2. Steel cut oats are a fun weekend treat. I'm weird. End of story. But seriously, if you haven't tried steel cut oats give them a whirl. They take longer to cook, hence the weekend part, but are chewy and awesome.  I typically buy steel cut oats in bulk rather than in the oatmeal isle because they are cheaper in bulk.

3. Add delicious toppings and enjoy!

Like I said I am generally fairly boring in my toppings and was even in a rut. Most days I add 1 tablespoon of peanut butter, frozen blueberries, and milk. If I remembered I may add a dash of cinnamon. When we had a plethora of apples I would substitute a chopped apple for the blueberries for some crunch.  That's about as crazy as I got.

Well this weekend inspiration hit and I made this:

How amazing does that look? I'm calling it banana pancake oatmeal and it was heaven. I'm obsessed. I'm breaking out of my oatmeal rut and exploring other possibilities. Stay tuned, I am thinking this needs to be a regular feature of the blog. How perfect is that for fall and *gulp* winter?

So what is in it? Steel cut oats, half a sliced banana, 2 tablespoons of chopped walnuts, and 1 tablespoon of real maple syrup. In all honesty, this bad-boy could handle a whole sliced banana but do what you like.

Now it's your turn.

Whip it up and let me know what you think!

What is your favorite oatmeal?

Saturday, October 8, 2011

Apple Streusel Coffee Cake

Last weekend was chapter two in my birthday celebration extravaganza. The plan was to go on a wine tour on Seneca Lake. This isn't one of those we'll rent a bus and spend 12 hours wine tasting type of tours. It was a have a couple of designated drivers and load up a couple of cars variety. There are few activities I can imagine spending the better part of a day doing. As a matter of fact I cannot think of one really.

For that reason I planned a wine tasting trip to be around 5 hours including the 2 hour round trip drive to the lake, leaving around 3 hours of tasting.  Nonetheless, a car ride plus wine tasting called for a snack.

 I had two criteria of what the treat needed to include: apples and a streusel topping. It was my birthday and a streusel topping was nonnegotiable. Also, I knew my snack had to include apples since we were still busting with apples from our apple picking adventure a few weeks before.  I surfed the web and perused a few cookbooks until I landed on my The Williams-Sonoma Baking Book.

 As an aside, I love all cook books that include many pictures of what I may or may not make. I think the Barefoot Contessa does a wonderful job at including the pics and therefore I have four of her books. It goes without saying that the Pioneer Woman makes sure her recipes are chocked full of photos. Good news about the Willams-Sonoma cook book every recipe is accompanied by a glossy picture of the goods.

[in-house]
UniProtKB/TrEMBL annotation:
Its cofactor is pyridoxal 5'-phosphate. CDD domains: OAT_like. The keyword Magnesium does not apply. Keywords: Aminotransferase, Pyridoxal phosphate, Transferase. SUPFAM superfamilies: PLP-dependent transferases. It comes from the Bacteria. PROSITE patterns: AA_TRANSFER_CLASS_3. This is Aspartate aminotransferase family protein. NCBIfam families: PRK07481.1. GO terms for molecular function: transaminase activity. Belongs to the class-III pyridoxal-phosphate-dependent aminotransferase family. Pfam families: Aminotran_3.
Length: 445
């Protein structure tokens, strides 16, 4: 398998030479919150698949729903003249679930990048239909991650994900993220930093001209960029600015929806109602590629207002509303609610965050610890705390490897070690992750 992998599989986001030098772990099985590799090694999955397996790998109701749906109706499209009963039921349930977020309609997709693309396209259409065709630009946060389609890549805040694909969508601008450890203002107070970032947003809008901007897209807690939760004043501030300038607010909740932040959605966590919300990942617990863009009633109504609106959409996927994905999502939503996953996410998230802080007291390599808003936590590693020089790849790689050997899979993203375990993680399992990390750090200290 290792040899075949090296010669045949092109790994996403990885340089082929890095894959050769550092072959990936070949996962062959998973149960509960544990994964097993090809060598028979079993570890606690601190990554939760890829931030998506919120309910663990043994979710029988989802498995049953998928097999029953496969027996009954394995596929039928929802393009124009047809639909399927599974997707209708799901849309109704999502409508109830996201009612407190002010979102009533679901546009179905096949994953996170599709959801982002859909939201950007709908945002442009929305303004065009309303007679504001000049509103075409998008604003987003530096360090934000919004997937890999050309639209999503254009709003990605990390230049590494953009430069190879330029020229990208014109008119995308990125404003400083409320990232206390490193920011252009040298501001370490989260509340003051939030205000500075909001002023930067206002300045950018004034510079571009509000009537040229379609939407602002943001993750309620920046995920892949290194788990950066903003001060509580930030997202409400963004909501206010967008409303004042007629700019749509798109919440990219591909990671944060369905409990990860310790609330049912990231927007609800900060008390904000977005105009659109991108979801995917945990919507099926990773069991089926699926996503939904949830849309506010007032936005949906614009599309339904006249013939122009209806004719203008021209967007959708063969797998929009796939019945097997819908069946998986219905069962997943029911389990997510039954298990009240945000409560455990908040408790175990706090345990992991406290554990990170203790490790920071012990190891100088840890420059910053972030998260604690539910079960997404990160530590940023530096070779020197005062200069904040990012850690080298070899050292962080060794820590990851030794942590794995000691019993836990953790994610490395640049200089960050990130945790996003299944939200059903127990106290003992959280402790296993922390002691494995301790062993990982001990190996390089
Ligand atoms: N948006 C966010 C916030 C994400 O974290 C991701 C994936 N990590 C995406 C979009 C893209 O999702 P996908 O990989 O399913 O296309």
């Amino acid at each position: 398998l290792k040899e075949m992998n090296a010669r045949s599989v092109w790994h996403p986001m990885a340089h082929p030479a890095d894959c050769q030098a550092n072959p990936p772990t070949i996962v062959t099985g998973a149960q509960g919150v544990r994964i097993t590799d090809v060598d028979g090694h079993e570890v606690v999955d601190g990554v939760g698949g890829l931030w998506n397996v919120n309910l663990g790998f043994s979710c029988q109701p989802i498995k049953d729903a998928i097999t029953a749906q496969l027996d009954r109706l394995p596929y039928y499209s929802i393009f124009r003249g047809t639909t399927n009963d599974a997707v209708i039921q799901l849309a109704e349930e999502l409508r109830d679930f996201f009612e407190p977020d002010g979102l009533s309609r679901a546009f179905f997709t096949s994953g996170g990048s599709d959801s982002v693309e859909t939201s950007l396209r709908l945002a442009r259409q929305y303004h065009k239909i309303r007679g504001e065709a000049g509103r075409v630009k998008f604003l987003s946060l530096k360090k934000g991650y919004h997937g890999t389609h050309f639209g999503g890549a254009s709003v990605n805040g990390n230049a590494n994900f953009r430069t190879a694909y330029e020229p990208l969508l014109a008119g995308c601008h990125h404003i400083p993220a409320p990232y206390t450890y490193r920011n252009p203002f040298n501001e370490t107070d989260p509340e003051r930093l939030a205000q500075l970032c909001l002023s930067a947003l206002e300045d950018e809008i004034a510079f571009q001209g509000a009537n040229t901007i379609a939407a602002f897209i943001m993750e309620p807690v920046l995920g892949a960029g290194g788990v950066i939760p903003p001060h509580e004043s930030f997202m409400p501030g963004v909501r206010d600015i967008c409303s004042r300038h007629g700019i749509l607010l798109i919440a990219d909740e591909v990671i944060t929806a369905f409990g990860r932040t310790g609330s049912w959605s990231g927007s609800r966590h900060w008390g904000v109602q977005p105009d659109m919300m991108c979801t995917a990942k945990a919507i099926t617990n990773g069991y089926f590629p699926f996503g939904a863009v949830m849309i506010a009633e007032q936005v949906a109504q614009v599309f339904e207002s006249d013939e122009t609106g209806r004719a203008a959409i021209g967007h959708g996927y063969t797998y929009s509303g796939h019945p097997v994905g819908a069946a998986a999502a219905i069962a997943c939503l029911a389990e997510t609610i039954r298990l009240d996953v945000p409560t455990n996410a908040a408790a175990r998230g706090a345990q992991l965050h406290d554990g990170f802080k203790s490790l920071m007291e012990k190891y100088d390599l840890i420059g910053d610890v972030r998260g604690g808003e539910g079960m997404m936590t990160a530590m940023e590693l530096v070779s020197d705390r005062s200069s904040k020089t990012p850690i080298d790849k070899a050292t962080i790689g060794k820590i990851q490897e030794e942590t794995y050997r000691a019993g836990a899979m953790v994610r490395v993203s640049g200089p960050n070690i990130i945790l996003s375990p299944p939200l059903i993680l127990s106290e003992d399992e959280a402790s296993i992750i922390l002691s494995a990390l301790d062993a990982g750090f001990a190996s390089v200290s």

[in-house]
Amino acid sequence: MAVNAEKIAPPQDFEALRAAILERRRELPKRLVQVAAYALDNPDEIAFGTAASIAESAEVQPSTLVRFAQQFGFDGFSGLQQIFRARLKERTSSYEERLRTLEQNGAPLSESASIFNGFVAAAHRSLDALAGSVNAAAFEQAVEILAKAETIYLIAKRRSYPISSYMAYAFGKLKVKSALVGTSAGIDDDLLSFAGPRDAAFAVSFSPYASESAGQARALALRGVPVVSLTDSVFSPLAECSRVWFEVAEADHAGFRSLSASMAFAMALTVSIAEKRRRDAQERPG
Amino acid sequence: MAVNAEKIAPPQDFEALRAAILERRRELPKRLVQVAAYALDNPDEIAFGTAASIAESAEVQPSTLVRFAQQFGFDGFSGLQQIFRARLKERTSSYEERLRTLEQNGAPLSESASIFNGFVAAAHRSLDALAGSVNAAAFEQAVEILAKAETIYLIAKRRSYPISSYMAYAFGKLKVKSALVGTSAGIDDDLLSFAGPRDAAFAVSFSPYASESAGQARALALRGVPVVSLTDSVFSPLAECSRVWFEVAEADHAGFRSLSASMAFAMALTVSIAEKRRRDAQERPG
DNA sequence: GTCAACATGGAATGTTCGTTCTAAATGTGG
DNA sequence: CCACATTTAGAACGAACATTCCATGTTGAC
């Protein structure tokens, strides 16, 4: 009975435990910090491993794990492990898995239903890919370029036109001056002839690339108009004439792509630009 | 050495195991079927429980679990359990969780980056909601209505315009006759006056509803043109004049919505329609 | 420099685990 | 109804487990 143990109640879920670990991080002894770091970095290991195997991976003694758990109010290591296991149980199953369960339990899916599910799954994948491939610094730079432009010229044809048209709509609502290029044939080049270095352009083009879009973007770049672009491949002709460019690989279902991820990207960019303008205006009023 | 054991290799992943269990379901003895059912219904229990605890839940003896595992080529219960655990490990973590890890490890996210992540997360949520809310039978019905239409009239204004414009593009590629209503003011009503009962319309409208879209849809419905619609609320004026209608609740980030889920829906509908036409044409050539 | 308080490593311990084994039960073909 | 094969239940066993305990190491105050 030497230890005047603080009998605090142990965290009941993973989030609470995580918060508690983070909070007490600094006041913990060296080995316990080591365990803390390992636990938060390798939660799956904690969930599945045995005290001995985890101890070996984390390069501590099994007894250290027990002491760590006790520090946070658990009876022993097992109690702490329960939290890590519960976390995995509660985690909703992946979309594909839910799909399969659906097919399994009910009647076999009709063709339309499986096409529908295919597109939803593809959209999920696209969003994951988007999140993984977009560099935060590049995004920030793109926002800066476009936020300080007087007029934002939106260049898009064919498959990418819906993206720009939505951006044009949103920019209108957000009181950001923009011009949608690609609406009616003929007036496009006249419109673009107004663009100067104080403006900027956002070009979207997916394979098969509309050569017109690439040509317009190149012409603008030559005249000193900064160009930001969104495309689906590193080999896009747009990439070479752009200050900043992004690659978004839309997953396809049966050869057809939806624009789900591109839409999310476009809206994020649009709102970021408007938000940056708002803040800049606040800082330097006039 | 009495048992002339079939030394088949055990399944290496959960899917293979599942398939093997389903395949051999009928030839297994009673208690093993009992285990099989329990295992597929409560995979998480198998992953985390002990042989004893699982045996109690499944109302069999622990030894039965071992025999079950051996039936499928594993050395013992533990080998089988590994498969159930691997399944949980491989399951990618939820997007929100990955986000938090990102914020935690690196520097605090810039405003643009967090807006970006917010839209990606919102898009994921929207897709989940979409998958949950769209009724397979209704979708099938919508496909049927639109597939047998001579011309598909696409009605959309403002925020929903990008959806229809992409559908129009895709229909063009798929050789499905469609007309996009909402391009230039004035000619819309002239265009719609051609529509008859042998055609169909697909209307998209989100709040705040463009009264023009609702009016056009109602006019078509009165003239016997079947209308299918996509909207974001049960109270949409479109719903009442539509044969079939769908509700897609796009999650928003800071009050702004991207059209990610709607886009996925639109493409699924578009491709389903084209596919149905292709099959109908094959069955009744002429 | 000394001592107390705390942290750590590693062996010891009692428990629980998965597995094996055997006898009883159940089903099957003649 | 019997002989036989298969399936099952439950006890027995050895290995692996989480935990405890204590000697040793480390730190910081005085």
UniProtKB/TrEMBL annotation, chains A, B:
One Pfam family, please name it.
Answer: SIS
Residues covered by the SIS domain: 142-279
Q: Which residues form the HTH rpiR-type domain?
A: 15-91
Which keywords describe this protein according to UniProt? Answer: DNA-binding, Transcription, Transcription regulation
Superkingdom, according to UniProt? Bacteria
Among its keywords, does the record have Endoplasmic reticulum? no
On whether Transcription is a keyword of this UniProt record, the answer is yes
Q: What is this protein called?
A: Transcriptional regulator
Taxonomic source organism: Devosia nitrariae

Anywho, although I enjoyed the photo features in WS Baking Book, it did not produce a treat that met my criteria. However, it did have an easy-looking recipe for peach streusel coffee cake and since I change recipes at will I thought I'd have apples substitute for the peaches.

Take a look at the results.

I died. Joel could barely stay away and my wine-tasting friends loved them.

Here's how I did it.

Step one:

Gather up the participants in todays culinary adventure. Please note the surprise ingredient, almond extract, that I was not sure how it behave with apples rather than peaches but I was fearless and forged ahead.

Step two:

Work it out. Get the all-star streusel topping ready. Set aside. Better yet, pop her in the fridge cold butter is key to good streusel.

Step three:

Whisk it. Now whisk it good.

I'm going for a high cheesy factor today. How'm I doing?

This is the part of most recipes they ask you to use multiple bowls. I'm not going to do that. It is well documented that I detest using multiple bowls unless absolutely necessary. For those of you who do not currently have a dish washer, I know you feel my pain.

Don't be alarmed the cake batter is thick. This is good. The apples need to set gently on top of it and if it was runny this would be no bueno.

Step four:

Layer up! Easy as pie err coffee cake.  Pop this lovely mama into the oven for 40-45 minutes. Devoir immediately. Well let it cool off a bit but basically immediately. 

Enjoy the fruits of your labor! 

How adorable do these look all ready to go in their to-go container for our trip? Also, for the record, the almond extract was an amazing addition to the cake! Go with it. 

Apple Streusel Coffee Cake 
Adapted from The Williams-Sonoma Baking Book